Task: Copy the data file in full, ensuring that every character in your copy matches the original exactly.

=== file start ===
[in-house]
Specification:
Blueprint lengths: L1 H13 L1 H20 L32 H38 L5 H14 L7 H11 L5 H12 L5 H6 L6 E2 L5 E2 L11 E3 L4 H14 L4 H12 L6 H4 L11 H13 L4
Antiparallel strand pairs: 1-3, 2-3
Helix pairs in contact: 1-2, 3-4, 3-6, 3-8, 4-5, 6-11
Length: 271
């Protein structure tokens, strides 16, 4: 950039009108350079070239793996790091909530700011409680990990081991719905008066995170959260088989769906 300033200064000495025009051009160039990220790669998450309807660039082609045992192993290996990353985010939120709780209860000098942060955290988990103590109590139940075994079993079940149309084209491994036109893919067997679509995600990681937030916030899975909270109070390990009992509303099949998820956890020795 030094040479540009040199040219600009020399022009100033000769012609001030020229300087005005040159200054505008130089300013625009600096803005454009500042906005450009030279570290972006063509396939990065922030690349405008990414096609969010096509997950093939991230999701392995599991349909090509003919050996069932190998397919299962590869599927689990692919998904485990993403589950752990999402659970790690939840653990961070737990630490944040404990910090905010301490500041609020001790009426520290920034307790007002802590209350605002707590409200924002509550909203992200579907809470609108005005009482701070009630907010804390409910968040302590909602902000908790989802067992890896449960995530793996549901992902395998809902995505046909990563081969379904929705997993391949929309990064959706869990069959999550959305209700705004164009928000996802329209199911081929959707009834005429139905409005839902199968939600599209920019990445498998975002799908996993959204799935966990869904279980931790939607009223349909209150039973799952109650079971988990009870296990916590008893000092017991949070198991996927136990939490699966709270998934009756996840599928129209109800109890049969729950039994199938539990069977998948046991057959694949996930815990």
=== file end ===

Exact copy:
[in-house]
Specification:
Blueprint lengths: L1 H13 L1 H20 L32 H38 L5 H14 L7 H11 L5 H12 L5 H6 L6 E2 L5 E2 L11 E3 L4 H14 L4 H12 L6 H4 L11 H13 L4
Antiparallel strand pairs: 1-3, 2-3
Helix pairs in contact: 1-2, 3-4, 3-6, 3-8, 4-5, 6-11
Length: 271
């Protein structure tokens, strides 16, 4: 950039009108350079070239793996790091909530700011409680990990081991719905008066995170959260088989769906 300033200064000495025009051009160039990220790669998450309807660039082609045992192993290996990353985010939120709780209860000098942060955290988990103590109590139940075994079993079940149309084209491994036109893919067997679509995600990681937030916030899975909270109070390990009992509303099949998820956890020795 030094040479540009040199040219600009020399022009100033000769012609001030020229300087005005040159200054505008130089300013625009600096803005454009500042906005450009030279570290972006063509396939990065922030690349405008990414096609969010096509997950093939991230999701392995599991349909090509003919050996069932190998397919299962590869599927689990692919998904485990993403589950752990999402659970790690939840653990961070737990630490944040404990910090905010301490500041609020001790009426520290920034307790007002802590209350605002707590409200924002509550909203992200579907809470609108005005009482701070009630907010804390409910968040302590909602902000908790989802067992890896449960995530793996549901992902395998809902995505046909990563081969379904929705997993391949929309990064959706869990069959999550959305209700705004164009928000996802329209199911081929959707009834005429139905409005839902199968939600599209920019990445498998975002799908996993959204799935966990869904279980931790939607009223349909209150039973799952109650079971988990009870296990916590008893000092017991949070198991996927136990939490699966709270998934009756996840599928129209109800109890049969729950039994199938539990069977998948046991057959694949996930815990």